Don’t Forget About Publicity Rights in Estate Planning
Ms. Wahl writes that “estate planning typically focuses on the tangible things that we value in our lives.” Meanwhile, personal rights of publicity is the ability of an individual to control the commercial use of his or her name, image, likeness, or other aspects of his or her identity, even after his or her death. Ms. Wahl says that “the commercial value of an individual’s likeness or image past his or her death is bounded only by the imaginations of entrepreneurs.”
In particular, Ms. Wahl notes testators and other professionals should consider domicile when engaging in estate planning — not just for tax purposes, but also for post-mortem publicity rights. The recent estate planning of Joan Rivers illuminates this: “legal commentators recently applauded Joan Rivers’ testamentary selection of New York as her domicile rather than California as way to avoid the higher California estate taxes. But New York does not recognize any post-mortem publicity rights whatsoever, whereas California will enforce such rights for 70 years following the testator’s death. The acknowledgement of Rivers’ domicile as California rather than New York may have enabled her considerable earning power to continue for years past her death.”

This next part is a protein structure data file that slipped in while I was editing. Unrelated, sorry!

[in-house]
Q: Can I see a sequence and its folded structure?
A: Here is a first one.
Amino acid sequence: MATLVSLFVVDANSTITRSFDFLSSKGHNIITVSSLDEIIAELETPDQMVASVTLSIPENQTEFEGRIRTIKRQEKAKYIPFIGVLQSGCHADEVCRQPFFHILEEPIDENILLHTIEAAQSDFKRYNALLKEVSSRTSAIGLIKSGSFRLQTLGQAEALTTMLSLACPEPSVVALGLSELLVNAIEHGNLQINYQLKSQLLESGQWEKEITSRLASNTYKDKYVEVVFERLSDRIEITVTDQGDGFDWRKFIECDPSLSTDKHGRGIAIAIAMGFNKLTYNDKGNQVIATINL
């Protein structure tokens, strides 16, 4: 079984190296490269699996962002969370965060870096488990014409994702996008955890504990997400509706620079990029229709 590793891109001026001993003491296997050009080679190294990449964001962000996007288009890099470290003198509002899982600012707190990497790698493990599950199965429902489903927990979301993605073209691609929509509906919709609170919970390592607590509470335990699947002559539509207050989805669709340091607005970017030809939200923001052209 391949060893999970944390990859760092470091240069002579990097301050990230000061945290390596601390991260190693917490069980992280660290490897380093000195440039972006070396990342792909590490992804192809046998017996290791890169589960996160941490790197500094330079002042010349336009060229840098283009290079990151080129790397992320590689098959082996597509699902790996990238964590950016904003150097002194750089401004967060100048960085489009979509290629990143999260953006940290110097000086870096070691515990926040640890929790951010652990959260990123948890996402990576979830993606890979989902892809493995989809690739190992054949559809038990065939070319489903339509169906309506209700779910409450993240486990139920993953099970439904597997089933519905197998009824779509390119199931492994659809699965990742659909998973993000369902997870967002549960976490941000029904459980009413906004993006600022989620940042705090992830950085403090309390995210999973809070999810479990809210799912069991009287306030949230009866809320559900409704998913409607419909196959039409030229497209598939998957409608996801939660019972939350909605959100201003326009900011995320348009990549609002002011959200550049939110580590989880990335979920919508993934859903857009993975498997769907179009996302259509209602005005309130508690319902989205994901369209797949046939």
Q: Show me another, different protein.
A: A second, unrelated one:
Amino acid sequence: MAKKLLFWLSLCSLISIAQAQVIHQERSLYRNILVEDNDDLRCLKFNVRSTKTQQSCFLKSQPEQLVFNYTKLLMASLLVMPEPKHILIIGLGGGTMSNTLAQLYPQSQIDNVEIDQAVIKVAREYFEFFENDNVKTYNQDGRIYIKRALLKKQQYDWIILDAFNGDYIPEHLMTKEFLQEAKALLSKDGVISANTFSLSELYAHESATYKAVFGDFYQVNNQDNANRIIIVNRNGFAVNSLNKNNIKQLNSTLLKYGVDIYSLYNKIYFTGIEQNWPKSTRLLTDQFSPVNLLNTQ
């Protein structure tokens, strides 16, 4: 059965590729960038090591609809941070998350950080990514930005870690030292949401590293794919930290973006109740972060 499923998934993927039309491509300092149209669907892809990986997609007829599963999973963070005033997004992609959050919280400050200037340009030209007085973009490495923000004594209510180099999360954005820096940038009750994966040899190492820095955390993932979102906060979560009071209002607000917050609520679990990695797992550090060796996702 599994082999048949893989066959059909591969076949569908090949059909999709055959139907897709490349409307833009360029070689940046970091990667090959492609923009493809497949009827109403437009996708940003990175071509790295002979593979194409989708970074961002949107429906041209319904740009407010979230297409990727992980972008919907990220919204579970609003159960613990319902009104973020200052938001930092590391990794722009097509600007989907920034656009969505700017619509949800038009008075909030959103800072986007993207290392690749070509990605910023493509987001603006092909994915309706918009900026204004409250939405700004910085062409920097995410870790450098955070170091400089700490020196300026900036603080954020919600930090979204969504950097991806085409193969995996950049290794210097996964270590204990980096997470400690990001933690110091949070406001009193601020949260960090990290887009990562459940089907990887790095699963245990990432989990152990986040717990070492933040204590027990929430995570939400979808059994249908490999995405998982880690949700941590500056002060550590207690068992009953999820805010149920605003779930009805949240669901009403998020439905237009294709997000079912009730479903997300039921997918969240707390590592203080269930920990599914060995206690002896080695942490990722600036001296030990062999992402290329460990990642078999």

To read the Law360 article, click here.
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